^ By no means did I imply that I would ever do that to your horse, JustAwesome and I am sorry that you took it that way. I did not mean it in that way at all. As you have mentioned earlier, you've already put in a good foundation on your colt and I'm sure any horseperson could lead him with just a halter and rope without needing to do any type of correction because of his solid training. (I wish more people would do that with their horses, whether it is a stallion, mare, or gelding!)
But if I do barge into your space and try to rear up/kill you, please feel free to hit me in the head as I'll have probably gone mad!
(Just joking around. I know that text can be so hard to interpret correctly.)
I so handle at least 3 stallions daily. I know that is not much compared to many others here, but I am just explaining what has worked for them and what I have learned working with them. They have various training, one is a Grand Prix stallion, one is green broke, and the other is schooling 1st Level and is qualifyed for regionals with me. When I first started working with the two younger ones, they were only just halter broke.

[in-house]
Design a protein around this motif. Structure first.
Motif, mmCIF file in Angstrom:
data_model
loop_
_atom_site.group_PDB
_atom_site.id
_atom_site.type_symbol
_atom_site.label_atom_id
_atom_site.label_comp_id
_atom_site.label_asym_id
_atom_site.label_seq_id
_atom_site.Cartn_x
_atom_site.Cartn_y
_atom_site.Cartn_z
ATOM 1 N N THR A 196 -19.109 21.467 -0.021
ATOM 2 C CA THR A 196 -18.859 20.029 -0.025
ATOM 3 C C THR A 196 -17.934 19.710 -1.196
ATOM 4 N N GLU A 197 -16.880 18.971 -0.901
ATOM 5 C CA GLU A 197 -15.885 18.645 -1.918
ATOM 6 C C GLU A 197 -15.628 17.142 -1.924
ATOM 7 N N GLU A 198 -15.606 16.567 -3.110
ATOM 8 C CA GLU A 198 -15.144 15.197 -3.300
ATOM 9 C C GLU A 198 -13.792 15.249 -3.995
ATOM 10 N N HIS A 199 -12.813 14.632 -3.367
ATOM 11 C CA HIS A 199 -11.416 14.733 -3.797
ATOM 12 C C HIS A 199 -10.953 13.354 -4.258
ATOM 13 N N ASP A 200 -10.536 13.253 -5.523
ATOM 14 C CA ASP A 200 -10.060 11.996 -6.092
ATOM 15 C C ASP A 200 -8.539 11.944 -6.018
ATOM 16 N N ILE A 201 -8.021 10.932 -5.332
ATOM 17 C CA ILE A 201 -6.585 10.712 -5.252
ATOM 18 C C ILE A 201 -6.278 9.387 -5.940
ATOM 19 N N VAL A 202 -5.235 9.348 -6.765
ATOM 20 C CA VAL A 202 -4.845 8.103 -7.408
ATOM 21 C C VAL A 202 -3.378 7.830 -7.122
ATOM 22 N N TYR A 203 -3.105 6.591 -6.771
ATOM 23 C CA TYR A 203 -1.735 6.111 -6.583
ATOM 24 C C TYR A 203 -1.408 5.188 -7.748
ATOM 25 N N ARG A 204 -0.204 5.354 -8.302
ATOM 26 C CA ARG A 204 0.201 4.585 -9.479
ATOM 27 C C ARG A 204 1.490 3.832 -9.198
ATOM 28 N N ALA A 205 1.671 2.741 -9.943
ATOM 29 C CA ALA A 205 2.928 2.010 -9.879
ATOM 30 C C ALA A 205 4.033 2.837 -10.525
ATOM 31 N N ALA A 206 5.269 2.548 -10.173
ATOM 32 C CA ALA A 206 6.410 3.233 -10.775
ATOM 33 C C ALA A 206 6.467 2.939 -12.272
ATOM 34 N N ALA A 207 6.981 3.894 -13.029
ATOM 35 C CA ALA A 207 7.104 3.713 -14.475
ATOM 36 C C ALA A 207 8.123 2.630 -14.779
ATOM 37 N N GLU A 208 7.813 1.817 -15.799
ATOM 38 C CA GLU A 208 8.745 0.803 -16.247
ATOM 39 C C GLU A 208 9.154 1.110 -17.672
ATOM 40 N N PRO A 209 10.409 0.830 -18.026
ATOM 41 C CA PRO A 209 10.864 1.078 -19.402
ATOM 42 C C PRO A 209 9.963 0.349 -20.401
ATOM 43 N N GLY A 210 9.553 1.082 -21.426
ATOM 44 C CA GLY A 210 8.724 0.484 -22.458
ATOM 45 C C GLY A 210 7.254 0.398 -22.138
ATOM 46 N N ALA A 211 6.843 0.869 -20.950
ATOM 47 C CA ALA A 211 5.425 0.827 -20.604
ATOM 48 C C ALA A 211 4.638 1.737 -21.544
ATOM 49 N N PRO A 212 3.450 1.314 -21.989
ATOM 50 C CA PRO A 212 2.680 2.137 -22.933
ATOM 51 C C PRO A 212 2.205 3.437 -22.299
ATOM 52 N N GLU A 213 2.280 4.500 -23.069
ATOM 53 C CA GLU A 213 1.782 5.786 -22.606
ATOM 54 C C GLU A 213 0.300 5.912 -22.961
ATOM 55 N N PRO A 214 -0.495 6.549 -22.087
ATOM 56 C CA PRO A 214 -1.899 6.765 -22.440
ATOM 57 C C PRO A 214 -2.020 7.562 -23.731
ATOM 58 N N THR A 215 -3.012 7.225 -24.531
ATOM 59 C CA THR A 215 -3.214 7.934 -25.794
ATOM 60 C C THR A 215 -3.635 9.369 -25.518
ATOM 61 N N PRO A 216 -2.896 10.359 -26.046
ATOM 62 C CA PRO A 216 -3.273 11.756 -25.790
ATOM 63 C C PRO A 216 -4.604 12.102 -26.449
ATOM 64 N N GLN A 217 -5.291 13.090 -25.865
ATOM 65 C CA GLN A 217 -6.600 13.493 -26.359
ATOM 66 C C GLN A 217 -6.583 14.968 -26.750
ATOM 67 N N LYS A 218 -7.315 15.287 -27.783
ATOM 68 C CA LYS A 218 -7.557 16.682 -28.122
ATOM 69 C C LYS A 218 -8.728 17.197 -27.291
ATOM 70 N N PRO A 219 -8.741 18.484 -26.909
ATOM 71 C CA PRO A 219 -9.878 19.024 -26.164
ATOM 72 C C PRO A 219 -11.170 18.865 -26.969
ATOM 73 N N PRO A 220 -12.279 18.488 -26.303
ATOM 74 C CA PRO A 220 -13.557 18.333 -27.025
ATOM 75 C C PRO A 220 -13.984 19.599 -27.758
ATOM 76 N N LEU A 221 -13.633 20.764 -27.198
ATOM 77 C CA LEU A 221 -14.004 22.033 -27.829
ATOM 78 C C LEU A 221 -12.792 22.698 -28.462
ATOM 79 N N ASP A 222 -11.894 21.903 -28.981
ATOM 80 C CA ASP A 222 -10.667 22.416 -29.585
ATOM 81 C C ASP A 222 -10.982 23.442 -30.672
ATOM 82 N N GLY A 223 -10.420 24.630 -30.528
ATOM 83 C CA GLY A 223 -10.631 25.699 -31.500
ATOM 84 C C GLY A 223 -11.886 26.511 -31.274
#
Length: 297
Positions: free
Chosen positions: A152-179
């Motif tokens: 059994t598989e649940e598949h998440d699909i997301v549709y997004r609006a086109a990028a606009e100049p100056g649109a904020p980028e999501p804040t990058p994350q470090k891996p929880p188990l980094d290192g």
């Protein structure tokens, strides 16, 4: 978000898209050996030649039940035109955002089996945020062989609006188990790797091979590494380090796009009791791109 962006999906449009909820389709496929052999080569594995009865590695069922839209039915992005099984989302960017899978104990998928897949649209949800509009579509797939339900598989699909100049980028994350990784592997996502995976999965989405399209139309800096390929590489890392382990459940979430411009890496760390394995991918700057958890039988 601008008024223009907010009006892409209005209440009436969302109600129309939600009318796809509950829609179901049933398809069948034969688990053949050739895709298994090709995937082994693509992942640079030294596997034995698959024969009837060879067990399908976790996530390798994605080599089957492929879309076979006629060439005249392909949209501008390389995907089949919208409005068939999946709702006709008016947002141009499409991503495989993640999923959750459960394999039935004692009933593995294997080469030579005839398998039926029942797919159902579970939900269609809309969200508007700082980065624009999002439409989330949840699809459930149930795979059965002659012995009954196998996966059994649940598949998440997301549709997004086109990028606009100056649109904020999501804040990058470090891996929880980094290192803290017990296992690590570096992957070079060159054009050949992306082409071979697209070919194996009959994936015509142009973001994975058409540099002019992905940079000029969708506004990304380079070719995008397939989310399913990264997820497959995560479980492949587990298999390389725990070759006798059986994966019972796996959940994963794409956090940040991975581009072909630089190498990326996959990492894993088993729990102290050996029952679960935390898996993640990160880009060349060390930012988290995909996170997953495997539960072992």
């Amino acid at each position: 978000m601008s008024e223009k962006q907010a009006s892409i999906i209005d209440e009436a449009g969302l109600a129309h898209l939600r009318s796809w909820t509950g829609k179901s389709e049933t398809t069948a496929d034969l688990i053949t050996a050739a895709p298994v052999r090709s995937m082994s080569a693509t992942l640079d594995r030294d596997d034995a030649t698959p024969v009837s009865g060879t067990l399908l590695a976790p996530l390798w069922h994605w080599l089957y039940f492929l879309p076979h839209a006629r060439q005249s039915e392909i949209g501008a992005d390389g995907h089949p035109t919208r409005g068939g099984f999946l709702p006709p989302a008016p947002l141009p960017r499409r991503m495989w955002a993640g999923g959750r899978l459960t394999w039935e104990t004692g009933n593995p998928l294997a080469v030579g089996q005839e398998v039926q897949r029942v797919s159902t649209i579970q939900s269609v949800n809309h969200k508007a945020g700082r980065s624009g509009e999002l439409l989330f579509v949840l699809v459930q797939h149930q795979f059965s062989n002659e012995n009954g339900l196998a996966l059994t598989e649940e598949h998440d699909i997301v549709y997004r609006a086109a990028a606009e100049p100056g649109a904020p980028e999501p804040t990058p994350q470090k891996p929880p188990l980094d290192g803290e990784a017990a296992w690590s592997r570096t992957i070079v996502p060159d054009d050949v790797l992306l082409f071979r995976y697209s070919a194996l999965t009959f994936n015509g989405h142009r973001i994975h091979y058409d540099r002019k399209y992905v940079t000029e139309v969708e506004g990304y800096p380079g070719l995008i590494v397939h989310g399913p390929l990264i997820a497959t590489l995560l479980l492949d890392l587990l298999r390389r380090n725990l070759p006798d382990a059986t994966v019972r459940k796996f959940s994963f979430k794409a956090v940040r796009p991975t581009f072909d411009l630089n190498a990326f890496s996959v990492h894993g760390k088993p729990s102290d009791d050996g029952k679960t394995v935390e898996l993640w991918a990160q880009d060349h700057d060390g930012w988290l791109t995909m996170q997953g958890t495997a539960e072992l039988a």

I know that this is a very narrow view of handling stallions as a whole, but I do hope that by sharing my opinion with the OP along with other members here will give her a good feel of how to be appropriate and safe when dealing with a slightly unruly young stallion.
Oh and just to clarify, once the stallion is respectful of you, you'll no longer need to carry the crop with you. It's an aid that can be weaned off. ;) Which is nice since it can be annoying to have to carry it all the time. Or that just might be me since I'd forget to grab it half the time.